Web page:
Happy New Year, dear reader! Welcome back to Gainesville, to school and to your unbridled independence. Did you miss it? Judging by my extensive Twitter research, it would appear that a lot of you did. While I was conducting my all-important social media research, I also came across another common thread. Many people seem to have already crashed and burned in the pursuit of their New Year’s resolutions. This trend is not unique to 2018 — nearly every year I have been a user of social media I have noticed this. People exit a year with big plans and lofty goals for self-improvement. We set goals to accomplish everything from going to the gym to eating healthy, from stopping bad habits to being more positive. And each year, we get upset when we are unable to meet these goals.
New Year’s resolutions are unavoidable. Not everyone makes them, but enough people do that it is nearly impossible to make it through the transition between years without someone bringing them up. We ask each other if we have made any, and even if no one asked us, we can often find ourselves bringing them up as conversation or simply to make them more real. If everyone you know knows you resolve to go to the gym three times each week, you feel a lot worse if you stop going. Not only are you letting yourself down, but everyone else knows you are failing. I hate that this is true — that we habitually care more about other people’s images of us than we do about our own — but we cannot deny that often it is the truth.
I have seen many people saying they are choosing not to make a resolution. When asked why, they say it is because they know they will be unable to keep it. They had never been successful with one before; why would this year be any different? Well, that is the whole point of resolutions. To be different. To make changes. To improve, and to become even just a little bit closer to the person we want to be. In order for this to happen, we have to be different. We have to be motivated and convinced that this is truly what we want. If you decide along the way that you have done enough or that you really don’t want to keep up with your resolution, that is fine. It’s your choice; it’s your life. However, you should not choose not to make a resolution simply because you are afraid to fail. If we didn’t do things simply because we were afraid to fail, we would never accomplish anything at all.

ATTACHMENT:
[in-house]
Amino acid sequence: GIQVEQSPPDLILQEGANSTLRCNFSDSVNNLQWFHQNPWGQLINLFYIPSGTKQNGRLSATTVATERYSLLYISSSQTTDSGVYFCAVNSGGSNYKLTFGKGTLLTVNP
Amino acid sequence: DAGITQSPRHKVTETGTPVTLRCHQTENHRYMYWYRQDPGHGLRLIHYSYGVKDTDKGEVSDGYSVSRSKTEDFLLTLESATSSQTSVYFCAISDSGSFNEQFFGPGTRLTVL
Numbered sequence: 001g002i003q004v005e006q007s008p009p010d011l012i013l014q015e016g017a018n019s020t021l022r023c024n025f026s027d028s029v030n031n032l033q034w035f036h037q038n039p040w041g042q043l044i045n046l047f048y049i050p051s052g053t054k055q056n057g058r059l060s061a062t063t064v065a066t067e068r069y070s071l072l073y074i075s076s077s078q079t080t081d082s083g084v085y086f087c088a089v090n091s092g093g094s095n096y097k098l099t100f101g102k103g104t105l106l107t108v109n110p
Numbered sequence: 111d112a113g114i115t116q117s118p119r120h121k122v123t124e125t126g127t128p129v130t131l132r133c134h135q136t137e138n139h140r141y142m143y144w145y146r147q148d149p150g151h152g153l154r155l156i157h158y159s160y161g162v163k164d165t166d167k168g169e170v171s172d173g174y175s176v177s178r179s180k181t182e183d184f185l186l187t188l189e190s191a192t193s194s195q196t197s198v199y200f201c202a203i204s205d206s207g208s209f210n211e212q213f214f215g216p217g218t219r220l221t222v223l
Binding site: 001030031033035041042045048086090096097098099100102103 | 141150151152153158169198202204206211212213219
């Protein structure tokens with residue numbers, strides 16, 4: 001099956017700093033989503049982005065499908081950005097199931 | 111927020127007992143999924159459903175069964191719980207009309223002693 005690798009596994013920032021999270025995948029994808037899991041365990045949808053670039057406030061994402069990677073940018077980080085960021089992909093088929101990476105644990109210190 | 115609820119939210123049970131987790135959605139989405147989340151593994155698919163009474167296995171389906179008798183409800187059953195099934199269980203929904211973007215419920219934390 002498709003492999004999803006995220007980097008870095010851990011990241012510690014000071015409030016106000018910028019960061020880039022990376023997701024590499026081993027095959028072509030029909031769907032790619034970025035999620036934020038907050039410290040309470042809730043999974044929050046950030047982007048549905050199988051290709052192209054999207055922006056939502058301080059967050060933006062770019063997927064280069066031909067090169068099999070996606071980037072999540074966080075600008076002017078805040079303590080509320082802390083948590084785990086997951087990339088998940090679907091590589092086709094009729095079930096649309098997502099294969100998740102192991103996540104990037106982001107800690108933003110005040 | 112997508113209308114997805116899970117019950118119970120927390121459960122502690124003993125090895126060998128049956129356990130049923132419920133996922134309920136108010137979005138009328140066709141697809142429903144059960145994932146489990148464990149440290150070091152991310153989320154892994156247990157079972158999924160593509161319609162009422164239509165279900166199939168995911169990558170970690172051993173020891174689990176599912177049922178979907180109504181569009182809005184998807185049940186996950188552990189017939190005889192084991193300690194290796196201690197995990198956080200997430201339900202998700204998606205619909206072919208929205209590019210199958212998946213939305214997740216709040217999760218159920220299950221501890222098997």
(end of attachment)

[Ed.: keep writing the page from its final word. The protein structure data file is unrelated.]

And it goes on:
We cannot forget that Jan. 1, while signaling the start of a new year and a new calendar, is truthfully just another day. It is a great day to start living your life the way you want, but, then again, so is any day. Any day is a great day to pick a new goal, start a new hobby, stop a bad habit or generally start being who you want to be. However, don’t let this knowledge or any fear or apprehension diminish your desire to improve yourself and your life. Make and chase a New Year’s resolution or make a resolution any day. Get that gym membership or go to that group fitness class. Make something healthy to eat. Call your mom more. Study more. Be nicer. Just as any day is a great day for this, so is Jan. 1. So is Jan. 12. Here’s to 2018, Gators. Let’s get it.
Taylor Cavaliere is a UF journalism and psychology junior. Her column usually appears on Mondays.